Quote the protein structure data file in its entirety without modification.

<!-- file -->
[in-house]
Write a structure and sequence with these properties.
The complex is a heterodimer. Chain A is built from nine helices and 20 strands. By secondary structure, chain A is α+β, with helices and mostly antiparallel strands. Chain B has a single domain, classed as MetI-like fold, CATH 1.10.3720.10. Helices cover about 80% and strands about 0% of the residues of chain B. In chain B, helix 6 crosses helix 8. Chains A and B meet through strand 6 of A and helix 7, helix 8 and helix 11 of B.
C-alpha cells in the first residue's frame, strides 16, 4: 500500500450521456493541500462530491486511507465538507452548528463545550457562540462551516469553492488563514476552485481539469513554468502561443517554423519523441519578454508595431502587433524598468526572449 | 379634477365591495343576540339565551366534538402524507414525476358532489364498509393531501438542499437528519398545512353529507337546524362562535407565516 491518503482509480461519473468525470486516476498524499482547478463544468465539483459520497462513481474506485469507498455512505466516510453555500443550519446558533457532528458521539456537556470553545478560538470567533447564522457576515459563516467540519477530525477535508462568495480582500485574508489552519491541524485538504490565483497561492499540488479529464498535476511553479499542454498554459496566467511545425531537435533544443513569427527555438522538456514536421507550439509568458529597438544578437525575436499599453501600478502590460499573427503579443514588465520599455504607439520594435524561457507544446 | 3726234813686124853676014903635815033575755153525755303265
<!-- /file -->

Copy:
[in-house]
Write a structure and sequence with these properties.
The complex is a heterodimer. Chain A is built from nine helices and 20 strands. By secondary structure, chain A is α+β, with helices and mostly antiparallel strands. Chain B has a single domain, classed as MetI-like fold, CATH 1.10.3720.10. Helices cover about 80% and strands about 0% of the residues of chain B. In chain B, helix 6 crosses helix 8. Chains A and B meet through strand 6 of A and helix 7, helix 8 and helix 11 of B.
C-alpha cells in the first residue's frame, strides 16, 4: 500500500450521456493541500462530491486511507465538507452548528463545550457562540462551516469553492488563514476552485481539469513554468502561443517554423519523441519578454508595431502587433524598468526572449 | 379634477365591495343576540339565551366534538402524507414525476358532489364498509393531501438542499437528519398545512353529507337546524362562535407565516 491518503482509480461519473468525470486516476498524499482547478463544468465539483459520497462513481474506485469507498455512505466516510453555500443550519446558533457532528458521539456537556470553545478560538470567533447564522457576515459563516467540519477530525477535508462568495480582500485574508489552519491541524485538504490565483497561492499540488479529464498535476511553479499542454498554459496566467511545425531537435533544443513569427527555438522538456514536421507550439509568458529597438544578437525575436499599453501600478502590460499573427503579443514588465520599455504607439520594435524561457507544446 | 3726234813686124853676014903635815033575755153525755303265